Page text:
In 1999 Ulrich Ferber founded the consulting agency fair-sport GmbH, which counts or counted stars such as Joshua Kimmich, Mario Gomez, Bernd Leno and Aleksandr Hleb among its clients. What initially served as a hobby quickly developed into a business for Ferber. About a year ago, the current manager of a family-run hotel in Aspach retired from active business.
In an interview with SPOX and goal the 61-year-old, who takes care of his wife Andrea Berg’s hit business in addition to football, talks about the bizarre circumstances of the Hleb deal to Stuttgart and major protests against Joshua Kimmich’s move to Leipzig.
Ferber also explains how the consulting business has changed over time and what impact the corona pandemic could have on the acceptance of football in society.
Mr. Ferber, you are a trained baker and pastry chef and you run your family-run hotel in Aspach. How did you become a consultant?
Ulrich Ferber: I grew up with a passion for football. Many teams stayed at our hotel during their training camps in the 1980s and 1990s. As a result, and thanks to my commitment to SG Sonnenhof Großaspach, where I had been working on a voluntary basis in various functions since the 1980s, I was able to get to know a lot of great people. Over time I was asked for help more and more often. I acted as a networker for national and international clubs that served us and took care of organizational matters. I enjoyed that, but at the time I never thought about using it as a second mainstay. Rather, it was a hobby that I could later earn good money with, but I would never have given up our family business for it. The classic consultant didn’t even exist back then.
Ferber: I started to work even more closely with the teams, but not in the classic sense of a consultant. Back then there were game brokers who brought teams to Germany from abroad. For example, I took care of equipment contracts, the procurement of team buses or the organization of training facilities. Later I was contacted by clubs about certain players.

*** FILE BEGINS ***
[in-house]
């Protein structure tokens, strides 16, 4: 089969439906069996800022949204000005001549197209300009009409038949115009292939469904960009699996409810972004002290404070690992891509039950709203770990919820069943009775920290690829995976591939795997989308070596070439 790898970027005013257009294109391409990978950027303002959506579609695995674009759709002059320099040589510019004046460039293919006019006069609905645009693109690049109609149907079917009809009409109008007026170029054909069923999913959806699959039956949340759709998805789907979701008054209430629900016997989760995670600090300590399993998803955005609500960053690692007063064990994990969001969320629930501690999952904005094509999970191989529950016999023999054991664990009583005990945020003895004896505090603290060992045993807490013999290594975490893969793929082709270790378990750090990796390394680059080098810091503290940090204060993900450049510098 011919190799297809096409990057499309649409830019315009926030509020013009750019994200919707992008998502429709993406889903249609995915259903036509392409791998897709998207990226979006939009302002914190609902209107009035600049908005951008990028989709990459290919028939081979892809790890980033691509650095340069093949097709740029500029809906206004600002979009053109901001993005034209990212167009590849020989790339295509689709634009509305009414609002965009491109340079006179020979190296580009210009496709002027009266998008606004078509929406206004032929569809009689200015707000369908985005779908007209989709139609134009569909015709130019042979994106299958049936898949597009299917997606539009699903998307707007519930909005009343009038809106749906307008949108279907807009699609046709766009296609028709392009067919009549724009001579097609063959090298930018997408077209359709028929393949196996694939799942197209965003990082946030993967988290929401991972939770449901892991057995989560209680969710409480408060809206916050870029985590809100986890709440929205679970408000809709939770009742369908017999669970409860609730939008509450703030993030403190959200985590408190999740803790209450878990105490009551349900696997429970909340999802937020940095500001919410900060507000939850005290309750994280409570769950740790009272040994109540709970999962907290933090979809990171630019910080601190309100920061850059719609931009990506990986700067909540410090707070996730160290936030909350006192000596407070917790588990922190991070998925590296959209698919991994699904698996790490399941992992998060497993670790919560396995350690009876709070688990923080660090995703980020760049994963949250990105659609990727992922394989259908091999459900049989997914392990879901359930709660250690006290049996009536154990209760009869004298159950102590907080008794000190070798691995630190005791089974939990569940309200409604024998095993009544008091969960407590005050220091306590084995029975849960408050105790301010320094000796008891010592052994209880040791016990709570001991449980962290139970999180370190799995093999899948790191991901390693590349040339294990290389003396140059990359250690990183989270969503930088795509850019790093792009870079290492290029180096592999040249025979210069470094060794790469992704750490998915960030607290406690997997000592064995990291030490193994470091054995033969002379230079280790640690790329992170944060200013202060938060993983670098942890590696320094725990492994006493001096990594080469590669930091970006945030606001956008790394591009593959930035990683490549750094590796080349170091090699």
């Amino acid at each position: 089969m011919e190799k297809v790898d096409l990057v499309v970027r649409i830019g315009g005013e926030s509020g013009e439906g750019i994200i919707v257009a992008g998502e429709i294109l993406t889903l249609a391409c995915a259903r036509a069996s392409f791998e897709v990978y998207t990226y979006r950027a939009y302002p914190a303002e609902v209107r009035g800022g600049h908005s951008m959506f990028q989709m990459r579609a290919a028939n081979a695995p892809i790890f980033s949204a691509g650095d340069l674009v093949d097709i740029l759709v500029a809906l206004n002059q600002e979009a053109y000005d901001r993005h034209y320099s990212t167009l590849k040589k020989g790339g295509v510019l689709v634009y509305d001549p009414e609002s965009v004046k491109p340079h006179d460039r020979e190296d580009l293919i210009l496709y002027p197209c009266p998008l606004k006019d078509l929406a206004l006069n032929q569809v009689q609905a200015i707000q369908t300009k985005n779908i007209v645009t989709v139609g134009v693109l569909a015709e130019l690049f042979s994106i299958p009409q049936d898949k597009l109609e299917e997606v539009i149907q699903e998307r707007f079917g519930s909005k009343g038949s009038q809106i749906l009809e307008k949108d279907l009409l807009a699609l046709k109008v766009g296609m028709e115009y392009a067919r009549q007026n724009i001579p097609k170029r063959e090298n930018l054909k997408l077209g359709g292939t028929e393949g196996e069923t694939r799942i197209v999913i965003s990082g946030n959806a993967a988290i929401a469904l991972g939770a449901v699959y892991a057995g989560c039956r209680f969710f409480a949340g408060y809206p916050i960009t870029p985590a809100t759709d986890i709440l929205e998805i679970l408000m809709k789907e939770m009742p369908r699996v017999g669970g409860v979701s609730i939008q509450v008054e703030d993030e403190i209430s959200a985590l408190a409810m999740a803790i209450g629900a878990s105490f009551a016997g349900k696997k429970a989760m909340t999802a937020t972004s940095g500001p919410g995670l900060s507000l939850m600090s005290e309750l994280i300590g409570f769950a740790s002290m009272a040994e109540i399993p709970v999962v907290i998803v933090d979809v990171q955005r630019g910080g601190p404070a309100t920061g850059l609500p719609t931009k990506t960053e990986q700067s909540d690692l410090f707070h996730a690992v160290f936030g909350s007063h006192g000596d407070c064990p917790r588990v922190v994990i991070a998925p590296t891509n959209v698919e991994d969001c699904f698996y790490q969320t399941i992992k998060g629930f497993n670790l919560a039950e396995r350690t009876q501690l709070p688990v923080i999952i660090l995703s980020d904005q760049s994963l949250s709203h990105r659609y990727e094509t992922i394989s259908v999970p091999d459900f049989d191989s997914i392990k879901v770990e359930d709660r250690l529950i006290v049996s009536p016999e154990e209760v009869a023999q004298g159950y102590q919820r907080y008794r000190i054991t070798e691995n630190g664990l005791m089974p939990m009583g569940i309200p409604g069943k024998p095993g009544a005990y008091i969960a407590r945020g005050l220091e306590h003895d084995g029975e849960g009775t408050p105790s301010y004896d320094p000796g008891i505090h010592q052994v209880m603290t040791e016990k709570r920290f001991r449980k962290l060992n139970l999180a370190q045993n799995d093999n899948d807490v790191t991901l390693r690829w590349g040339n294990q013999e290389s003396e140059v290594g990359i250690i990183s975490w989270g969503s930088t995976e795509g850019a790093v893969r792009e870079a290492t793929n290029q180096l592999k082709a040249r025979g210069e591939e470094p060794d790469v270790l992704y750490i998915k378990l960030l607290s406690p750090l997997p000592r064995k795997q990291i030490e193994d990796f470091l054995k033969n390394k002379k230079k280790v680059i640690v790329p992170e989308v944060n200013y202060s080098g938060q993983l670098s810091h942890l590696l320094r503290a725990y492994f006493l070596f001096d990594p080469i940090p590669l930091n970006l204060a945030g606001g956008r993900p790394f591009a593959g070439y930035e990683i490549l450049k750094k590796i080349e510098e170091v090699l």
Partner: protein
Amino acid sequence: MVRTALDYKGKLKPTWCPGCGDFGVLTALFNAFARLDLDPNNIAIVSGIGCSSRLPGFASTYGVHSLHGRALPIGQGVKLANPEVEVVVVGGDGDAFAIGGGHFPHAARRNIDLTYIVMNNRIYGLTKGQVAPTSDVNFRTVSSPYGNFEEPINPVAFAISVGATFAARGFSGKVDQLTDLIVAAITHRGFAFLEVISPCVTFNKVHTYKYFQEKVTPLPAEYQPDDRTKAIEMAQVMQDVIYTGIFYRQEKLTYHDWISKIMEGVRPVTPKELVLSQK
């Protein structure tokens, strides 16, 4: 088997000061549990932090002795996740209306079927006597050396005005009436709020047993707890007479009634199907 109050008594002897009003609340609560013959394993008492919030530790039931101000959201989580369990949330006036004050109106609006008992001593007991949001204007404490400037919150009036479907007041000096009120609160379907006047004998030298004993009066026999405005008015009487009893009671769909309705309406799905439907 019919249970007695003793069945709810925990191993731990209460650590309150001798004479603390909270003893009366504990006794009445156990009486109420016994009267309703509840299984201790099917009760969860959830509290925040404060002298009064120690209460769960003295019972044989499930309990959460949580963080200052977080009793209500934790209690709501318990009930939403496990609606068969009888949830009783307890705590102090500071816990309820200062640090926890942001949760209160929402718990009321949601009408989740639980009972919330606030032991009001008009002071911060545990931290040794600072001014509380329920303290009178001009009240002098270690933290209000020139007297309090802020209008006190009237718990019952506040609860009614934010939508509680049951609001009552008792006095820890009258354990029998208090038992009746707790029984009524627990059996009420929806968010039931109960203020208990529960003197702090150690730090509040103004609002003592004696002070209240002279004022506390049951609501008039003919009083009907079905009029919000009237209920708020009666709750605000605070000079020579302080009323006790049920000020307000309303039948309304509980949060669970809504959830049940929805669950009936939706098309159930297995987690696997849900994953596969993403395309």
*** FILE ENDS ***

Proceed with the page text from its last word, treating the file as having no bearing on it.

What was the first deal you threaded?
Ferber: The transfer of Lajos Detari in 1988 from Eintracht Frankfurt to Olympiacos Piraeus, at 7.5 million marks the most expensive in Bundesliga history at the time. Piraeus was with us in the hotel and the President Koskotas told me about the interest in Detari. I then organized lawyers for him and made the necessary contacts. Ultimately, I was in charge of the largest transfer at the time, without a fee.
What conditions did you have to meet in order to be able to officially pursue the consultancy work?
Ferber: Correct. The handling of the transfer was very rocky. Hleb was with the Belarusian U18 national team in our hotel. Originally he should have signed at 1860 Munich. Helmuth Reuscher, then chief scout of the lions, discovered him during a test match against VfB. He was immediately impressed and assured me that he would get the transfer if I brought him to Germany for 300,000 marks. However, we did the math without coach Werner Lorant and President Karl-Heinz Wildmoser.
In what way?
Ferber: I stood up for the sum with the President of Borisov and couldn’t avoid it. On the way back from Munich to Aspach, I spent two hours on the phone with Ralf Rangnick, who was still a coach at VfB at the time. I played under him at FC Viktoria Backnang in the national league. I described the situation, but he said that he could not accept any new players. Ultimately, I persuaded him to let Hleb train with him for three days in Stuttgart. That was a purely amicable approach. With the burden of the transfer fee, I had to come up with something else.